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Chrysichthys auratus 

Scope: Global & Pan-Africa
Language: English
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Taxonomy [top]

Kingdom Phylum Class Order Family
Animalia Chordata Actinopterygii Siluriformes Claroteidae

Scientific Name: Chrysichthys auratus (Geoffroy Saint-Hilaire, 1809)
Regional Assessments:
Common Name(s):
English Golden Nile Catfish, Long Fin Catfish
Synonym(s):
Amarginops persimilis (Günther, 1899)
Bagrus capito Valenciennes, 1840
Chrysichthys filamentosus Boulenger, 1912
Chrysichthys longifilis Pfaff, 1933
Chrysichthys macrops Günther, 1864
Chrysichthys persimilis Günther, 1899
Chrysichthys persimilis Günther, 1899
Chrysichthys rueppelli Boulenger, 1907
Gephyroglanis tilhoi Pellegrin, 1909
Pimelodus auratus Geoffroy Saint-Hilaire, 1809
Porcus auratus (Geoffroy Saint-Hilaire, 1809)
Taxonomic Notes: Subgenus (Chrysichthys) : C. auratus exhibits pronounced intraspecific variability, and a clinal series can be demonstrated in the size of the adipose fin and the number of gill rakers (Risch, 1986): populations from the Nile, Chad, Senegal and the upper reaches of Niger River, Comoe, Benue and Volta have a lower number of gill rakers and a larger adipose fin than the populations of the coastal areas from Liberia to Cabinda. The populations of the middle and lower reaches of the Niger, the Comoe, the Benue and the Volta are more or less intermediate between the two. Therefore we consider all populations to represent a single, highly variable, species.

Chrysichthys persimilis
and Chrysichthys rueppelli are considered to be males of Chrysichthys auratus (Risch and Vevren 2007).

Assessment Information [top]

Red List Category & Criteria: Least Concern ver 3.1
Year Published: 2010
Date Assessed: 2009-05-01
Assessor(s): Akinyi, E., Azeroual, A., Entsua-Mensah, M., Getahun, A., Hanssens, M., Lalèyè, P. & Snoeks, J.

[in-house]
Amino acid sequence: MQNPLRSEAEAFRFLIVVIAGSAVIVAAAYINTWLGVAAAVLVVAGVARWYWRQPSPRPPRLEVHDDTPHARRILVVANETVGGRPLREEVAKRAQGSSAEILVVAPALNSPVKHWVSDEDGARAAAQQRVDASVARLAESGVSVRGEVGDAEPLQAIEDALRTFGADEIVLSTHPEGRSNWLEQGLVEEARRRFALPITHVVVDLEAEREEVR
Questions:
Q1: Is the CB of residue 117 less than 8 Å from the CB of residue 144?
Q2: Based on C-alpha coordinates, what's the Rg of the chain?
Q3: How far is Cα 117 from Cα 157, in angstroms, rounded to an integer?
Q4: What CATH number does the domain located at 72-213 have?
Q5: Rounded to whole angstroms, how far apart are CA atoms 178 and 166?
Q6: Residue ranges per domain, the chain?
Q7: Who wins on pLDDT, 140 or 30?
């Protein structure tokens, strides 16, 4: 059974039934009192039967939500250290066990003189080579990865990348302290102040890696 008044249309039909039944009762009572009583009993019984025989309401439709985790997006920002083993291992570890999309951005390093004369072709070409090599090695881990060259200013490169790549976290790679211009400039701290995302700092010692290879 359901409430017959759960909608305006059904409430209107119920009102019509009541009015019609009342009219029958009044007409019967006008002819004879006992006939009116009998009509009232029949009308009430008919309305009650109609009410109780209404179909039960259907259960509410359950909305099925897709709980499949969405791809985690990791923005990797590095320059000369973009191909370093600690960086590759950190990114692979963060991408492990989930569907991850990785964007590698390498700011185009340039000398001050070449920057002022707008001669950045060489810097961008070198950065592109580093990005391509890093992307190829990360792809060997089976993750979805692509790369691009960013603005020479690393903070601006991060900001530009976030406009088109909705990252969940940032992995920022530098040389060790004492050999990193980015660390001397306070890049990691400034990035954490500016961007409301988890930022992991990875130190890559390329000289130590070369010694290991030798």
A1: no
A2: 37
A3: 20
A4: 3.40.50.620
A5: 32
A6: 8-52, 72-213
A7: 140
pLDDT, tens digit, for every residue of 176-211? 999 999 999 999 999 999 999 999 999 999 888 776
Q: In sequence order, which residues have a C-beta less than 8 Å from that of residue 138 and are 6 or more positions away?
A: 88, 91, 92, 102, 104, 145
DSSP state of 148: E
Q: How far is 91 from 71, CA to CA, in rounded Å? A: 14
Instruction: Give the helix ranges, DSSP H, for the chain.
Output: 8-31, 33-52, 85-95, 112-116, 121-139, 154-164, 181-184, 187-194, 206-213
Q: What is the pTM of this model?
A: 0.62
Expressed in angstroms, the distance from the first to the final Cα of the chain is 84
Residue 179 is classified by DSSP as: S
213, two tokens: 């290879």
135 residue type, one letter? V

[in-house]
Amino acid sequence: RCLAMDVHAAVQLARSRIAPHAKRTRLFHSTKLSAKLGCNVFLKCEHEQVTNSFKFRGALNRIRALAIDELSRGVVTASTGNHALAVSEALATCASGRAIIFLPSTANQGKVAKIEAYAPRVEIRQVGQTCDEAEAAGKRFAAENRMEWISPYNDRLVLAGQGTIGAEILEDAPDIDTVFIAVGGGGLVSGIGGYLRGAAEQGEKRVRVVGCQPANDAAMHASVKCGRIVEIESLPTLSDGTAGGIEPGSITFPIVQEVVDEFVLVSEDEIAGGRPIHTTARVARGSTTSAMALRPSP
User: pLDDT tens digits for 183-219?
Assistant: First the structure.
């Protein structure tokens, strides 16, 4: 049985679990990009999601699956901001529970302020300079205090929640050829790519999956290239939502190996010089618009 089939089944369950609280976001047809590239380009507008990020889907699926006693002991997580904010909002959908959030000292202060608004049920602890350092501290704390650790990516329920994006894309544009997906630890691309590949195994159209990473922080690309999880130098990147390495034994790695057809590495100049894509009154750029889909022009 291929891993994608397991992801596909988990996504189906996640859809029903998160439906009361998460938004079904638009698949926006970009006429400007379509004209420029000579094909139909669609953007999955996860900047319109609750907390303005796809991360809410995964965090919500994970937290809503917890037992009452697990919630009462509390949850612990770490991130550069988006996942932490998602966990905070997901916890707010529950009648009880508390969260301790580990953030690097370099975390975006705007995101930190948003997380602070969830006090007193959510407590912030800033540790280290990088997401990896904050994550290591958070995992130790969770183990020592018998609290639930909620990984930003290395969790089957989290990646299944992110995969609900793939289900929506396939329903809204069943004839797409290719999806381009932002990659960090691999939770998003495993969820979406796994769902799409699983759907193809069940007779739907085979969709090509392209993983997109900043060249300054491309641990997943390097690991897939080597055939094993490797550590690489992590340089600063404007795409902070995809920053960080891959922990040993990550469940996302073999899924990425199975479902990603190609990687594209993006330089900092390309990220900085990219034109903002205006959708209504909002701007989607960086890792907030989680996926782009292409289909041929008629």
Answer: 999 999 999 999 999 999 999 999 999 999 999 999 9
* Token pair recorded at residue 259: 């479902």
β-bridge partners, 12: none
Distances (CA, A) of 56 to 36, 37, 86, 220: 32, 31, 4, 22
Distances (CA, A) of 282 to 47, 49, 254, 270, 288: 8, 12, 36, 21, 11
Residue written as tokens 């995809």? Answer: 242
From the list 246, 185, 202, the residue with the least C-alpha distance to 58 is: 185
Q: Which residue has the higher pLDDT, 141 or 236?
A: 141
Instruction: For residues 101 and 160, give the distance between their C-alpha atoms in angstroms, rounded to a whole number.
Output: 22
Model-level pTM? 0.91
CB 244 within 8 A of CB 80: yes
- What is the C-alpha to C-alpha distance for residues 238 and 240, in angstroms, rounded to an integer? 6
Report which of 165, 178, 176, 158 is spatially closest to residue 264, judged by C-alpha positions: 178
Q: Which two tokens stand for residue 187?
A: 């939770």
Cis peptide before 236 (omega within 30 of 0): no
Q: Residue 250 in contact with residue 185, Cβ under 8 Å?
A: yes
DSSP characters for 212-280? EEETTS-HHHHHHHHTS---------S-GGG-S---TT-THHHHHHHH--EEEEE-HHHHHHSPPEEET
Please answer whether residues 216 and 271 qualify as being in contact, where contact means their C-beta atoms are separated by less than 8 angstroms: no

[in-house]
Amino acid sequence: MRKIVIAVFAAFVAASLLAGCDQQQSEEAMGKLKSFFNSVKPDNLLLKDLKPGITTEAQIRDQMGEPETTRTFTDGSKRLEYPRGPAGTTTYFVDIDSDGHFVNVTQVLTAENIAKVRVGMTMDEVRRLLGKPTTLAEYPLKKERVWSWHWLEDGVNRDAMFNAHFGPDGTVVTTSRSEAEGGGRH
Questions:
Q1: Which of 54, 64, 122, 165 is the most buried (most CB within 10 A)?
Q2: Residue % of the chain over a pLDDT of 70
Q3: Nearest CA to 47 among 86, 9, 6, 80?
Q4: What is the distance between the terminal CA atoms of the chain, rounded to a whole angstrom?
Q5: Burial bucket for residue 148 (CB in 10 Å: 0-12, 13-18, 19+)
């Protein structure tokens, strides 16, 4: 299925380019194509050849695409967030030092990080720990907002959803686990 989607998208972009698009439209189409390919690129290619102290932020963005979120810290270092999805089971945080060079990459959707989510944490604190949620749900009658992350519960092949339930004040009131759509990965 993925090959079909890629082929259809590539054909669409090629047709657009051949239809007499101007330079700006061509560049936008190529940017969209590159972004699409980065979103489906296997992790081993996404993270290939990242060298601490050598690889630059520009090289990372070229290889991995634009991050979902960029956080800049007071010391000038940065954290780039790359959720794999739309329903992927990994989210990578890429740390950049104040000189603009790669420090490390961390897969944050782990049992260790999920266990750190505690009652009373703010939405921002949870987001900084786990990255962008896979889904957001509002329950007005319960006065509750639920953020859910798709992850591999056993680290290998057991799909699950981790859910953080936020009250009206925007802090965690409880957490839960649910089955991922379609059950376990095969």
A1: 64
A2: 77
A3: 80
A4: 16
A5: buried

Reviewer(s): Snoeks, J., Tweddle, D., Getahun, A., Lalèyè, P., Paugy, D., Zaiss, R., Fishar, M.R.A & Brooks, E.
Justification:
This species has a wide distribution, with no known major widespread threats. It is therefore listed as Least Concern. It has also been assessed regionally as Least Concern for central, eastern, northern, north eastern and western Africa.

Geographic Range [top]

Range Description:Chrysichthys auratus is wide ranging from Senegal to Ethiopia, and throughout the Nile basin.

Central Africa: It is widespread throughout Lower Guinea in estuaries as well as upstream. Populations from the upper Sanaga appear to have closer affinities with Sudanese populations than with those of estuaries.

Eastern Africa: It is present in Lake Turkana, and in the River Nile. May be more widespread (information is lacking).

Northern Africa: This species is common in the whole of the River Nile, and Lake Nasser (also known as Lake Nubia).

Northeast Africa: It is found in the Ghazal and Jebel systems, to Lake Nasser, Sudan. Also found in Baro River, Ethiopia.

Western Africa: This species inhabits most of West African hydrographic basins, except in the coastal areas of Gambia and Liberia, where it is replaced by C. maurus, a very similar species. In those parts of the area where both species overlap (from Liberia to Ghana to the east of the Volta), C. auratus does not enter rivers but remains in estuaries and lagoons, where both species are sympatric. In the coastal region, C. auratus has up to now been reported as C. filamentosus.
Countries occurrence:
Native:
Angola (Cabinda); Benin; Burkina Faso; Cameroon; Chad; Congo; Côte d'Ivoire; Egypt; Equatorial Guinea; Ethiopia; Gabon; Ghana; Guinea; Kenya; Mali; Mauritania; Niger; Nigeria; Senegal; South Sudan; Sudan; Togo
Additional data:
Range Map:Click here to open the map viewer and explore range.

Population [top]

Population:No population estimate for the majority of the distribution of this species, but Kenya's fisheries department believe the population is increasing.
Current Population Trend:Unknown
Additional data:
Population severely fragmented:No

Habitat and Ecology [top]

Habitat and Ecology:Chrysichthys auratus is found in lakes and coastal rivers (Risch 1986). It occurs usually over soft, slightly muddy substrates or substrates with heavy layers of leafy detritus in deep, relatively quiet waters (Burgess 1989). It feeds on molluscs and small crustaceans (Branchiopods, Copepods, Ostracoda), which it digs from the substrate (Laleye 1995). It also feeds on fish and insects (Bailey 1994). It is a demersal, potamodromous species (Riede 2004). Spawning season extends from September to April.
Systems:Freshwater

Use and Trade [top]

Use and Trade: This species is harvested for human consumption.

Threats [top]

Major Threat(s): It is not thought that this species faces any widespread threats, and it is not fished commercially.

Conservation Actions [top]

Conservation Actions: No information available. More research is needed into this species population numbers and range, biology and ecology, habitat status and threats, as well as monitoring of population trends.

Citation: Akinyi, E., Azeroual, A., Entsua-Mensah, M., Getahun, A., Hanssens, M., Lalèyè, P. & Snoeks, J. 2010. Chrysichthys auratus. The IUCN Red List of Threatened Species 2010: e.T182136A7813222. . Downloaded on 16 October 2018.
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